Their mating display, for example, consists of repeated vertical ascents and power dives. And they engage in fast forward flight chases to kick other males off their territory.
It's not surprising, then, that the loss of power and maneuverability at higher elevations affects their social interactions and determines which of them dominates the flower territory. Althshuler showed in his Ph.D. dissertation that "there's a very strong correlation at high altitudes between maximum power output and how much of that excess power is available, and which birds dominate, which birds control the territory," he said.
The PNAS paper also includes the most complete family tree of hummingbirds ever produced, representing 75 of the approximately 337 known species and most of the known genera. Hummingbirds are found only in the Americas, but occupy many niches from the tip of southern Chile to Alaska.
"To correlate wing characteristics with power margin at different elevations, you have to account for the phylogeny – the family tree that shows you how species are related to one another," said coauthor Jimmy A. McGuire, assistant professor of integrative biology at UC Berkeley. "Since we see an inverse correlation between power margin and elevation, we have to make sure it's true across a wide variety of species."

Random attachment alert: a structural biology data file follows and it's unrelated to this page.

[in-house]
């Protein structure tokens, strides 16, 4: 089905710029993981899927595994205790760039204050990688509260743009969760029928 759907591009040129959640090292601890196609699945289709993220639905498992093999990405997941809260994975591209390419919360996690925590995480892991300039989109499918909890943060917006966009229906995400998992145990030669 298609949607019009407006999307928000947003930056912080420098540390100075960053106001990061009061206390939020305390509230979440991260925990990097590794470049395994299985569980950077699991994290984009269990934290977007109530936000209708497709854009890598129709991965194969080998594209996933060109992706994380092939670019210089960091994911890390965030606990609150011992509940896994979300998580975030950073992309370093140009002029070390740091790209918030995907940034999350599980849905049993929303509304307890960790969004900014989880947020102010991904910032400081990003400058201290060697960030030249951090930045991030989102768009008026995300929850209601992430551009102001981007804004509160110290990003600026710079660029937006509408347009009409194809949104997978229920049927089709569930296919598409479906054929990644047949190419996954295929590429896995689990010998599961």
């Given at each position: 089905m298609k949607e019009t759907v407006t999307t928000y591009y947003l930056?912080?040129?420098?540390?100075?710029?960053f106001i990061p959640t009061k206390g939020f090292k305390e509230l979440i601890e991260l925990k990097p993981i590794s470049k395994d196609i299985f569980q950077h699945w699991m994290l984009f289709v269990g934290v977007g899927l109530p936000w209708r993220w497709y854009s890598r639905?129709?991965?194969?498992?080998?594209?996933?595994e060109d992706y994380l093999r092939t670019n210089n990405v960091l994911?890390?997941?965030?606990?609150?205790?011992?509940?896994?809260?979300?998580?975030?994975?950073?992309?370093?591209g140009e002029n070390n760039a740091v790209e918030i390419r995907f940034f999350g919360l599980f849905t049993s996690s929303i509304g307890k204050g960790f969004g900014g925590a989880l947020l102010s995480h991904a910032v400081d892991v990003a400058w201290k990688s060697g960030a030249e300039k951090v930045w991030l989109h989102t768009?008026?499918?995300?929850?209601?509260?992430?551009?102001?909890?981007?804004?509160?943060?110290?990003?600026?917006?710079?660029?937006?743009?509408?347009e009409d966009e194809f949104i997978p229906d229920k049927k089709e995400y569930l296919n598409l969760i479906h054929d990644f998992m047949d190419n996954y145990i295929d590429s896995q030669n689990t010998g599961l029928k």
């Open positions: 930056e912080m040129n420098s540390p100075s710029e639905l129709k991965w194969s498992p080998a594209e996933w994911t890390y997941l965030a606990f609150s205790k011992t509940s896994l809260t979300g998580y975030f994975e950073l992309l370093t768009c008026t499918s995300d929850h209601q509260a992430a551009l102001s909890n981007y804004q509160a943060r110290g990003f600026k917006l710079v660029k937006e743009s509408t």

McGuire obtained DNA samples from museum specimens, relying mostly upon the tropical bird collections of the Museum of Natural Science at Louisiana State University in Baton Rouge, and analyzed two nuclear and one mitochondrial gene from each species. Though only 75 species are represented in the hummingbird family tree published in PNAS, he actually has completed a tree that encompasses 190 of the known species.
The researchers set out to answer some puzzling questions about hummingbird flight, which is among the most power-hungry activities of any animal, bird or otherwise. Altshuler and Dudley had shown earlier that hummingbirds living at higher elevations have larger wings relative to their weight, presumably to create more lift in the thinner air. Further experiments showed that hummers sweep their wings through a bigger angle, the so-called "stroke amplitude," to compensate further.